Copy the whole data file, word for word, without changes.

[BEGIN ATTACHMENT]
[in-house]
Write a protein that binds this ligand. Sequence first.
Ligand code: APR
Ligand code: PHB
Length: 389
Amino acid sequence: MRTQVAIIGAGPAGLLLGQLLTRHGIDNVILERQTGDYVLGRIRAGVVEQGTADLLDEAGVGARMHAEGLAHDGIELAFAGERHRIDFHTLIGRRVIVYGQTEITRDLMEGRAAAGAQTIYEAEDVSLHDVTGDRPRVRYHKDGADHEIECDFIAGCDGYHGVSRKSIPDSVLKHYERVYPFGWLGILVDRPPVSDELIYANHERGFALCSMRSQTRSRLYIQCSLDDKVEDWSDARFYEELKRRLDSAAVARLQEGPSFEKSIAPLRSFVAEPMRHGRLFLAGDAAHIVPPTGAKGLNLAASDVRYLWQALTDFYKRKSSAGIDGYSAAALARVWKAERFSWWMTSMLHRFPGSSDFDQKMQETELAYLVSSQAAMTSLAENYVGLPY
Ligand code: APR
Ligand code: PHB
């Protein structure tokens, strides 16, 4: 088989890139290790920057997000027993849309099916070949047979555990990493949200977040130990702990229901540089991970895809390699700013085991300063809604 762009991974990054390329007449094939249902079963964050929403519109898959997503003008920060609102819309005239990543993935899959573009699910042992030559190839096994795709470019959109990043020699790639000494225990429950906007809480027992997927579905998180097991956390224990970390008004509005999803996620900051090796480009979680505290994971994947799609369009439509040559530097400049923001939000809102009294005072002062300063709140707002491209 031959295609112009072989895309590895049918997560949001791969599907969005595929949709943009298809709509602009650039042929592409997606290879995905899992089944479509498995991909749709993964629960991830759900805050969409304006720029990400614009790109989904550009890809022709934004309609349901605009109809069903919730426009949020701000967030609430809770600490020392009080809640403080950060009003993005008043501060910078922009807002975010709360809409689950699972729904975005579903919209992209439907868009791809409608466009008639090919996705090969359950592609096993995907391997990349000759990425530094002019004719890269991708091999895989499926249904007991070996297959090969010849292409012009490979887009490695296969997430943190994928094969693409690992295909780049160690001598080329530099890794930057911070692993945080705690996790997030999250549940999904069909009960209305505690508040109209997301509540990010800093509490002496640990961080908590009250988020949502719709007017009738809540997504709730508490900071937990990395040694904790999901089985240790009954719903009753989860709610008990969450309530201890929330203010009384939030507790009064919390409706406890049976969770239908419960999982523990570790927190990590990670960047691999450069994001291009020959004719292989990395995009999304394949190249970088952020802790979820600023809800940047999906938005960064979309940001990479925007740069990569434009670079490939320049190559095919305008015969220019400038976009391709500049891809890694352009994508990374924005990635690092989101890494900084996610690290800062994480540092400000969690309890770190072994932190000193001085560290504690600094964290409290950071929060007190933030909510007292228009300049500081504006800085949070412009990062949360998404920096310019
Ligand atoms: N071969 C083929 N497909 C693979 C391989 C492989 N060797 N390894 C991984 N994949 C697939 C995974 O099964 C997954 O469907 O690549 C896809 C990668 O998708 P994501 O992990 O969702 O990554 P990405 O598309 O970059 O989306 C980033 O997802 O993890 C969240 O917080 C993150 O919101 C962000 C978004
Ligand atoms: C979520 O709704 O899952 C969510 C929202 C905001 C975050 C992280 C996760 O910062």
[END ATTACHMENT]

[in-house]
Write a protein that binds this ligand. Sequence first.
Ligand code: APR
Ligand code: PHB
Length: 389
Amino acid sequence: MRTQVAIIGAGPAGLLLGQLLTRHGIDNVILERQTGDYVLGRIRAGVVEQGTADLLDEAGVGARMHAEGLAHDGIELAFAGERHRIDFHTLIGRRVIVYGQTEITRDLMEGRAAAGAQTIYEAEDVSLHDVTGDRPRVRYHKDGADHEIECDFIAGCDGYHGVSRKSIPDSVLKHYERVYPFGWLGILVDRPPVSDELIYANHERGFALCSMRSQTRSRLYIQCSLDDKVEDWSDARFYEELKRRLDSAAVARLQEGPSFEKSIAPLRSFVAEPMRHGRLFLAGDAAHIVPPTGAKGLNLAASDVRYLWQALTDFYKRKSSAGIDGYSAAALARVWKAERFSWWMTSMLHRFPGSSDFDQKMQETELAYLVSSQAAMTSLAENYVGLPY
Ligand code: APR
Ligand code: PHB
């Protein structure tokens, strides 16, 4: 088989890139290790920057997000027993849309099916070949047979555990990493949200977040130990702990229901540089991970895809390699700013085991300063809604 762009991974990054390329007449094939249902079963964050929403519109898959997503003008920060609102819309005239990543993935899959573009699910042992030559190839096994795709470019959109990043020699790639000494225990429950906007809480027992997927579905998180097991956390224990970390008004509005999803996620900051090796480009979680505290994971994947799609369009439509040559530097400049923001939000809102009294005072002062300063709140707002491209 031959295609112009072989895309590895049918997560949001791969599907969005595929949709943009298809709509602009650039042929592409997606290879995905899992089944479509498995991909749709993964629960991830759900805050969409304006720029990400614009790109989904550009890809022709934004309609349901605009109809069903919730426009949020701000967030609430809770600490020392009080809640403080950060009003993005008043501060910078922009807002975010709360809409689950699972729904975005579903919209992209439907868009791809409608466009008639090919996705090969359950592609096993995907391997990349000759990425530094002019004719890269991708091999895989499926249904007991070996297959090969010849292409012009490979887009490695296969997430943190994928094969693409690992295909780049160690001598080329530099890794930057911070692993945080705690996790997030999250549940999904069909009960209305505690508040109209997301509540990010800093509490002496640990961080908590009250988020949502719709007017009738809540997504709730508490900071937990990395040694904790999901089985240790009954719903009753989860709610008990969450309530201890929330203010009384939030507790009064919390409706406890049976969770239908419960999982523990570790927190990590990670960047691999450069994001291009020959004719292989990395995009999304394949190249970088952020802790979820600023809800940047999906938005960064979309940001990479925007740069990569434009670079490939320049190559095919305008015969220019400038976009391709500049891809890694352009994508990374924005990635690092989101890494900084996610690290800062994480540092400000969690309890770190072994932190000193001085560290504690600094964290409290950071929060007190933030909510007292228009300049500081504006800085949070412009990062949360998404920096310019
Ligand atoms: N071969 C083929 N497909 C693979 C391989 C492989 N060797 N390894 C991984 N994949 C697939 C995974 O099964 C997954 O469907 O690549 C896809 C990668 O998708 P994501 O992990 O969702 O990554 P990405 O598309 O970059 O989306 C980033 O997802 O993890 C969240 O917080 C993150 O919101 C962000 C978004
Ligand atoms: C979520 O709704 O899952 C969510 C929202 C905001 C975050 C992280 C996760 O910062």